In 2018, I gave three talks to high school students titled, Finding Your Passion.
My message was clear: Don’t accept the pre-determined path. And use high school to apply yourself in lots of different things.
For high school students, that’s exactly what they need to hear, because often the system tries to walk you down a certain path if 1) not aware, and 2) haven’t tried other paths.
More and more, it’s difficult to go anywhere without hearing ‘find your passion’ or ‘follow your dreams’.
The reason I gave those talks was because I used to think I was someone who followed my passion (in the way you hear about it now) when I was 17 years old.
I didn’t stop the idea of becoming a lawyer because I’d magically stumbled upon a treasure chest of passion. I did so because I found what I was really good at - facilitating change through the physical body. Transformation.
Unknowingly at the time, it came from a lot of trial and error. It wasn’t that law was only for those who were too scared to break the system, it was that I didn’t find enjoyment in the aspects of a law career I’d specifically seen. (I’d interned in 4-5 firms in London, Germany and Mumbai). Whereas I found a lot of fulfilment in transformation. I was just lucky I stumbled across it early. The fact I had so many hobbies, studied a broad variety of subjects, and had diverse friends of different backgrounds, probably helped speed up this process.
For adults, my advice now is different.
It’s to think of this as an ongoing discovery, not a result. There’s a myth that ‘passionate careers’ are only for those outside of the typical finance, insurance, accountancy and law sectors. But that’s a fallacy. I know plenty of people in these sectors who absolutely love what they do.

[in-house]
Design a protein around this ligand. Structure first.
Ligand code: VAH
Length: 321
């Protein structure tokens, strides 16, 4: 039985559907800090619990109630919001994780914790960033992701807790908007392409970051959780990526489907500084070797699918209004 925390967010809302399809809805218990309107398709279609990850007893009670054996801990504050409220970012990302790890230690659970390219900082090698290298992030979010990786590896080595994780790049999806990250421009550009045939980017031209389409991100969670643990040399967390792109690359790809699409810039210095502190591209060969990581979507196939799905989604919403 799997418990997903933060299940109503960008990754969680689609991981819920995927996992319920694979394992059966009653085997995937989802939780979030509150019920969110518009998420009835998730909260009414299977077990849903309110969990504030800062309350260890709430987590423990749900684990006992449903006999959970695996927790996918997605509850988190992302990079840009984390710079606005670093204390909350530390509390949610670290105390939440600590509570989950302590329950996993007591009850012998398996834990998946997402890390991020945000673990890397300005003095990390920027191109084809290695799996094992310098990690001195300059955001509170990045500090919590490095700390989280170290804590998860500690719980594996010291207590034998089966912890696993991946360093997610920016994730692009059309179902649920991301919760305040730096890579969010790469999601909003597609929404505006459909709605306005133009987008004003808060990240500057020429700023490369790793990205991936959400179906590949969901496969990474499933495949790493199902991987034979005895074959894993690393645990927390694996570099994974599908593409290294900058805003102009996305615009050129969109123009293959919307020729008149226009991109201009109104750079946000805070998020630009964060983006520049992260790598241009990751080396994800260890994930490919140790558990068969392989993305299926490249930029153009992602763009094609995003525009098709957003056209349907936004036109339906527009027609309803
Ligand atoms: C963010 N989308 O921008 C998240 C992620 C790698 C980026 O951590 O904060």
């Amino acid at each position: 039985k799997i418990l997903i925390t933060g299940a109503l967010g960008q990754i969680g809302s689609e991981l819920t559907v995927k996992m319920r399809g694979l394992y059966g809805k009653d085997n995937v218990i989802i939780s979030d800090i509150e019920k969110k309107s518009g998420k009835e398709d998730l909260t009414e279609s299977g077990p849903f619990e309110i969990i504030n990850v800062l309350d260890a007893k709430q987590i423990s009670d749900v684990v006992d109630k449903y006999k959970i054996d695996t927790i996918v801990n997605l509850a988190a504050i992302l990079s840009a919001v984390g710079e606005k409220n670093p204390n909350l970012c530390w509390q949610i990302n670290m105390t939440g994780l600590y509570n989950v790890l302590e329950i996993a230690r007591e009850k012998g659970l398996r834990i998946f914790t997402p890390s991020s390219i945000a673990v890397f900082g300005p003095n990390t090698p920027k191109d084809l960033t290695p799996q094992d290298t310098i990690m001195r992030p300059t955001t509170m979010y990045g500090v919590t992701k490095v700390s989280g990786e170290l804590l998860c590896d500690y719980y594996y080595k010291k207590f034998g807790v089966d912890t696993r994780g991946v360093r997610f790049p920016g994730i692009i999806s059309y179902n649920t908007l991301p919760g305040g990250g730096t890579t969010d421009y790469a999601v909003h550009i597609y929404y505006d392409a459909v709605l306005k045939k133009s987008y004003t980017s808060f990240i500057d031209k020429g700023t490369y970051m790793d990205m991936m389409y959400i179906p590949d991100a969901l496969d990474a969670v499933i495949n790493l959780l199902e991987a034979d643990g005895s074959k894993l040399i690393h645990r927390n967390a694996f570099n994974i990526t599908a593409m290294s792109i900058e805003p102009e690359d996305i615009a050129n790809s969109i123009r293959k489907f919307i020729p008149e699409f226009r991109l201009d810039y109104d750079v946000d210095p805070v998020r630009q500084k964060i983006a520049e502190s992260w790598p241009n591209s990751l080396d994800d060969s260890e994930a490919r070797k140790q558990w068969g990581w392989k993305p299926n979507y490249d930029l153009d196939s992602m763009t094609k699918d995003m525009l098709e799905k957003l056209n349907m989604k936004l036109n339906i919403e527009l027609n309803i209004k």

It’s not the sector. It’s the process of work. You don’t find your passion in a sector. You find it in the work.
Here’s a better way:
If you’re working in a job you think you don’t like, maybe it's because the specific work you're doing now is not fun. Maybe it’s because you haven’t found meaning in the work. Maybe the perspective is wrong. Maybe the people around you aren’t thinking on the same page.
Your best and most passionate work will always be a form of self-expression. That lies in the process, not the sector, title or salary. Any job can be a calling if it aligns with your flow. Maybe instead of quitting your day job, your best move is to find a different role within the company. Same sector, different work. Maybe that work is what will give you an opportunity to be better, allow more autonomy, contribute to something more meaningful. Maybe it's simply changing the way you think about the work.
Next time someone tells you to go on a Lord of the Rings type search for a treasure chest of passion, look the other way. You might be closer to it than you think.
Oh, and when you are doing your most passionate work, life doesn’t suddenly become sunshine and rainbows. That's another myth worth busting another day.